The use of glatiramer acetate (Copaxone ®) in people with multiple sclerosis

This is an updated Cochrane review of the previous version published (Cochrane Database of Systematic Reviews 2004 , Issue 1 . Art. No.: CD004678. DOI: 10.1002/14651858.CD004678)

Treatment with glatiramer acetate (Copaxone ®) of patients with Relapsing-Remitting (RRMS) and with Progressive Multiple Sclerosis (PMS) seems to have few beneficial effects in  RRMS, while the drug is not effective in PMS patients

Previous studies indicate that glatiramer acetate, a synthetic drug, is effective in animal models of MS, and shows some benefits in MS patients. The objective of this review was to assess the efficacy of glatiramer acetate in RRMS and PMS patients.

Among the pertinent medical literature six studies met the criteria of the methodological quality necessary for their inclusion in this review. 540 RRMS patients and 1049 PMS patients contributed to this analysis. 

The data showed no beneficial effects on disease progression in both MS forms, a slight beneficial effect  in the reduction of risk of relapses in RRMS patients and no benefits in PMS patients. Adverse events such as flushing, chest tightness, sweating, palpitations, anxiety and  local injection-site reactions occurred quite frequently, but no major adverse effects were observed.

Authors' conclusions: 

Glatiramer acetate did show a partial efficacy in RR MS in term of relapse -related clinical outcomes, without any significant effect on clinical progression of disease measured as sustained disability. The drug is not effective in progressive MS patients.

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This is an updated Cochrane review of the previous version published (Cochrane Database of Systematic Reviews 2004 , Issue 1 . Art. No.: CD004678. DOI: 10.1002/14651858.CD004678)

Previous studies have shown that glatiramer acetate (Copaxone ®), a synthetic amino acid polymer is effective in experimental allergic encephalomyelitis (EAE), and improve the outcome of patients with multiple sclerosis (MS).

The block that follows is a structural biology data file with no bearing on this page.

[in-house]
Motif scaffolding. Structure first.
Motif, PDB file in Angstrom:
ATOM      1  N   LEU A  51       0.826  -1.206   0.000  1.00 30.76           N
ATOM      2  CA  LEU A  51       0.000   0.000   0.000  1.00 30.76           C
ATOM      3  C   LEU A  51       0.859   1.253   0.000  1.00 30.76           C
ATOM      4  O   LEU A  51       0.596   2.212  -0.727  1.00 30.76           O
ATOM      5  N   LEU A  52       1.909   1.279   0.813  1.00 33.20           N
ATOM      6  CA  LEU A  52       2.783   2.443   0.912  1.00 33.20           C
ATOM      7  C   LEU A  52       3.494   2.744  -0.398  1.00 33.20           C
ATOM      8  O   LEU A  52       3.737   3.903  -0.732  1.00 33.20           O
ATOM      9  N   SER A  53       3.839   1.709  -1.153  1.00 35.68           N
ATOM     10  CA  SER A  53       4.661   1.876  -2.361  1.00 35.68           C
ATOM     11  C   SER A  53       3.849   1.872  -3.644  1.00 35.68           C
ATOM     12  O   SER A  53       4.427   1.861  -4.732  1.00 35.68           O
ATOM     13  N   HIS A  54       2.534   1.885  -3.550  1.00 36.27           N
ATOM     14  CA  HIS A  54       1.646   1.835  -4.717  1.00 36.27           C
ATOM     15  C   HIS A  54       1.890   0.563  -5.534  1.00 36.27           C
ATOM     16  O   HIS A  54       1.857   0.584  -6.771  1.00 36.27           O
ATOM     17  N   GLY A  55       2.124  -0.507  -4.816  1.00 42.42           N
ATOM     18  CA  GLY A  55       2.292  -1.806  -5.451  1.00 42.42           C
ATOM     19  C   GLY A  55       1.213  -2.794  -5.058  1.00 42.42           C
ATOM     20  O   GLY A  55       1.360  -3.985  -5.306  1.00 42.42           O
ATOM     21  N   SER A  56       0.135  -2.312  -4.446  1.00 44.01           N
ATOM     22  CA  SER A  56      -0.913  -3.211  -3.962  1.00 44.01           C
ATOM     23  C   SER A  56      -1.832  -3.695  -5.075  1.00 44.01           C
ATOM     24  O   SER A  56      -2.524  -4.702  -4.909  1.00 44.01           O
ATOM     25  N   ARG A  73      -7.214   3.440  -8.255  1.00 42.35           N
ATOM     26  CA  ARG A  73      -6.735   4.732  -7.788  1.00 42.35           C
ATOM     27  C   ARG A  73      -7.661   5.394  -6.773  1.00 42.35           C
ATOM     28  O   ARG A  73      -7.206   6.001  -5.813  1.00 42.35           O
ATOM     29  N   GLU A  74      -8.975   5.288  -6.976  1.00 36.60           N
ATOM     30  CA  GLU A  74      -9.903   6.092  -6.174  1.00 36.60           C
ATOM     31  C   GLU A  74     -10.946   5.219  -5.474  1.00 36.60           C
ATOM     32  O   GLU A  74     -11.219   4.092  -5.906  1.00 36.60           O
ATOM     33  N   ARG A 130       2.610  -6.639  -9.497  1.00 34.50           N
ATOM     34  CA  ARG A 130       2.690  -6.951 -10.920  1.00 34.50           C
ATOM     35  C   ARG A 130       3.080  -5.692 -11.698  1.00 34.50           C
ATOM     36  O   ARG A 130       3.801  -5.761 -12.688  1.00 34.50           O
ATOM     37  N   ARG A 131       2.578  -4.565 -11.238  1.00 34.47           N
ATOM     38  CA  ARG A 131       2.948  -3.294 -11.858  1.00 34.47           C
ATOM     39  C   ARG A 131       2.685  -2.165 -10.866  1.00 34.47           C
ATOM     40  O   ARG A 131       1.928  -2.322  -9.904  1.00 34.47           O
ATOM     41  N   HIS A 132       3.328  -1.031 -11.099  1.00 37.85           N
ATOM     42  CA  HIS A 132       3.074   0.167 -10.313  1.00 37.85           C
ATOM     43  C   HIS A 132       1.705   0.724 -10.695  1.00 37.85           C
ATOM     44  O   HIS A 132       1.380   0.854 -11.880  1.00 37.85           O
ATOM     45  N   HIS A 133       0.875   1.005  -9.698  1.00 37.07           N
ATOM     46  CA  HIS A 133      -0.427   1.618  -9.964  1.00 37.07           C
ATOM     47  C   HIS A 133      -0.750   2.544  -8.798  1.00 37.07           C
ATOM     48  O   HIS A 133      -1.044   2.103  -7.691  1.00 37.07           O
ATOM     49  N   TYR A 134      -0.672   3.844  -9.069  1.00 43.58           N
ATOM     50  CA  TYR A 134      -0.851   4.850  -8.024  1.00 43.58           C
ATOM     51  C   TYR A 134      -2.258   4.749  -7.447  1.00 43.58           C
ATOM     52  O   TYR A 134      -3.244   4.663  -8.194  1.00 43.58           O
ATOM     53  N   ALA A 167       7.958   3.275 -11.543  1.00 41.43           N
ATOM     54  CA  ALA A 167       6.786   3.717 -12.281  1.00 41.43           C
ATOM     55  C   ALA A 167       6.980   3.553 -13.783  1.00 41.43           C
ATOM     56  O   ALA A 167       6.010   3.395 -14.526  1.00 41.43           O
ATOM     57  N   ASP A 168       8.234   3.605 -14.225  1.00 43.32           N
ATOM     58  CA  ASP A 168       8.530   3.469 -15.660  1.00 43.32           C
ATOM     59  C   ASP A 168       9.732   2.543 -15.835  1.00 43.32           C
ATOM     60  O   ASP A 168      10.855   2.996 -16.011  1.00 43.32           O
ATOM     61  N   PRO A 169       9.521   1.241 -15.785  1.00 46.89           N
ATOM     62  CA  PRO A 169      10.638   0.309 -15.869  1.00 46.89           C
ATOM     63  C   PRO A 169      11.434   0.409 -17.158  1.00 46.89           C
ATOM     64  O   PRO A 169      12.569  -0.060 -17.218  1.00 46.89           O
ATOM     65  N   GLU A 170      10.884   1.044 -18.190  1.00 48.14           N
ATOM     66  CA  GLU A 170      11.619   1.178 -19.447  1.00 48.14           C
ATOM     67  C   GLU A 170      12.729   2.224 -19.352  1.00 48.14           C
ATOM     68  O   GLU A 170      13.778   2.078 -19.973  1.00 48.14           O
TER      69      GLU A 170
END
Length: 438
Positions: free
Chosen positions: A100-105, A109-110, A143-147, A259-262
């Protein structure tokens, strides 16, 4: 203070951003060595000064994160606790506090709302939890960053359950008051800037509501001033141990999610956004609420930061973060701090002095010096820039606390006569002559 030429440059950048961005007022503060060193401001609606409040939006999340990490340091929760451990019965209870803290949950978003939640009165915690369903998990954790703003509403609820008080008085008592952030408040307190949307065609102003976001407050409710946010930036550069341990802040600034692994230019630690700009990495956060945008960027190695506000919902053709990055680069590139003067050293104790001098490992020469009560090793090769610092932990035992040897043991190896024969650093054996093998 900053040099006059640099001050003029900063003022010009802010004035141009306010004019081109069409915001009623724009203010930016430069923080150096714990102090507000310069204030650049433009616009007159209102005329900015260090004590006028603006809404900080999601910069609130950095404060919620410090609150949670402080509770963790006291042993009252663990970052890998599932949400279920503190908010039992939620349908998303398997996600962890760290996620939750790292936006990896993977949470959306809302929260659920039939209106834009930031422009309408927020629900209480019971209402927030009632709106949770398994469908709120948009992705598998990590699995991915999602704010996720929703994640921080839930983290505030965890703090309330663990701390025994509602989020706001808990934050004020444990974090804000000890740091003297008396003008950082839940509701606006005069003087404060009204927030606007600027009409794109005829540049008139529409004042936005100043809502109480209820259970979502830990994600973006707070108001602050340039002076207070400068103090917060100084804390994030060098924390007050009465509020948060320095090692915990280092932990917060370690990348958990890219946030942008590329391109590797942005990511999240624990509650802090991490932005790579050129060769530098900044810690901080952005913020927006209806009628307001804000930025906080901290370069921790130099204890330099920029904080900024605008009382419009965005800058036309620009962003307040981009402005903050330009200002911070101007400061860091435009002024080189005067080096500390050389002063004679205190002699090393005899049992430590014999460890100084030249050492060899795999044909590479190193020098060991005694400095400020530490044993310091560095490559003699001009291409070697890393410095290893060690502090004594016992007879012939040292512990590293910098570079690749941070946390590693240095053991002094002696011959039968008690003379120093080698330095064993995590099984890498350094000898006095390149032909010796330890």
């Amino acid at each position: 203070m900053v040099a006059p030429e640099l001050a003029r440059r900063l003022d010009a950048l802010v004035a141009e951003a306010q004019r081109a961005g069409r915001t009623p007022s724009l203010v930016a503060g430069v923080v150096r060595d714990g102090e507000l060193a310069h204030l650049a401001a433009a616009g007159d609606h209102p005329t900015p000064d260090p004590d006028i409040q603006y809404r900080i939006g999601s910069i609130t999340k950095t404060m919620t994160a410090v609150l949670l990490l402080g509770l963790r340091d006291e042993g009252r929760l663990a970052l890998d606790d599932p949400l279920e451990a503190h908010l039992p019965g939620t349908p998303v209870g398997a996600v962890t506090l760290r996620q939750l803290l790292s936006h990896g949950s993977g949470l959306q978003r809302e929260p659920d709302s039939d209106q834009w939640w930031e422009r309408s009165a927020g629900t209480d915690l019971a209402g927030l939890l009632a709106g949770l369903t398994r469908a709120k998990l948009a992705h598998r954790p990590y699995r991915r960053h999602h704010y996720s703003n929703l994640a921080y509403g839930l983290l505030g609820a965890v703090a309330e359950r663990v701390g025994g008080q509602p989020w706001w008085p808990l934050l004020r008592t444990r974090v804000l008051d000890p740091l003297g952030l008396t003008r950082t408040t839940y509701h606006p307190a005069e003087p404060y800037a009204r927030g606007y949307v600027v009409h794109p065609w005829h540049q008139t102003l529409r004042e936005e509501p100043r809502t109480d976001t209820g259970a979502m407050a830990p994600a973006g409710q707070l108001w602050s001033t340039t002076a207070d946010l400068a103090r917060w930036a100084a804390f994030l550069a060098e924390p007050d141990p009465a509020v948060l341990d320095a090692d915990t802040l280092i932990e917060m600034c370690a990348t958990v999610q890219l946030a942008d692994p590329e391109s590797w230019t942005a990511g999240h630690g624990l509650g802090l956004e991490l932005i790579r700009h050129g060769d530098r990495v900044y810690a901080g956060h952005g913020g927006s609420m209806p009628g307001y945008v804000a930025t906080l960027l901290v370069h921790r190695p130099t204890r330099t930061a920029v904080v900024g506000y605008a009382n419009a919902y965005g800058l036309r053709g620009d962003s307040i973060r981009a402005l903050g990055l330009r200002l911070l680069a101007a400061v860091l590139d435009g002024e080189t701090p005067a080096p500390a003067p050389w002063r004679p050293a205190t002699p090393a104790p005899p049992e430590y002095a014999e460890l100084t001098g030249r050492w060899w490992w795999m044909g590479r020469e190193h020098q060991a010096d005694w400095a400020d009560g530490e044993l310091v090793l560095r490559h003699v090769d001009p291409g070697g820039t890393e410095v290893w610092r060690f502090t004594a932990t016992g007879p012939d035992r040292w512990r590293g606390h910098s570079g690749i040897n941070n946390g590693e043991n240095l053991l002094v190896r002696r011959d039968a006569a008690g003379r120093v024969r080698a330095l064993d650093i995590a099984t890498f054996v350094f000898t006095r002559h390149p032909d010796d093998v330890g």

To verify the clinical efficacy of glatiramer acetate in the treatment of MS patients with relapsing remitting (RR) and progressive (P) course.

Search strategy: 

We searched the Cochrane MS Group Trials Register (26 March 2009), the Cochrane Central Register of Controlled Trials (The Cochrane Library, Issue 1, 2009), MEDLINE (PubMed) (January 1966 to 26 March 2009), EMBASE (January 1988 to 26 March 2009) and hand searching of symposia reports (1990-2009).

Selection criteria: 

All randomised controlled trials (RCTs) comparing glatiramer acetate and placebo in patients with definite MS, whatever the administration schedule and disease course, were eligible for this review.

Data collection and analysis: 

Both patients with RR and P MS were analysed. Study protocols were comparable across trials. No major flaws were found in methodological quality. However, efficacy of blinding should be balanced against side effects, including injection-site reactions.

Main results: 

Among 409 retrieved references, we identified 16 RCTs; six of them, published between 1987 and 2007, met the selection criteria and were included in this review. Five hundred and forty RR patients and 1049 PMS contributed to the analysis. In RR MS, a decrease in the mean EDSS score (-0.33 and -0.45), was found respectively at 2 years and 35 months without any significant effect on sustained disease progression. The reduction of mean number of relapse was evident at 1 year (-0.35 ) 2 years (-0.51 ) and 35 months (-0.64), but significant studies ' heterogeneity was found. The number of hospitalisations and steroid courses were significantly reduced. No benefit was shown in P MS patients. No major toxicity was found. The most common systemic adverse event was a transient and self-limiting patterned reaction of flushing, chest tightness, sweating, palpitations, anxiety. Local injection-site reactions were observed in up to a half of patients treated with glatiramer acetate, thus making a blind assessment of outcomes questionable.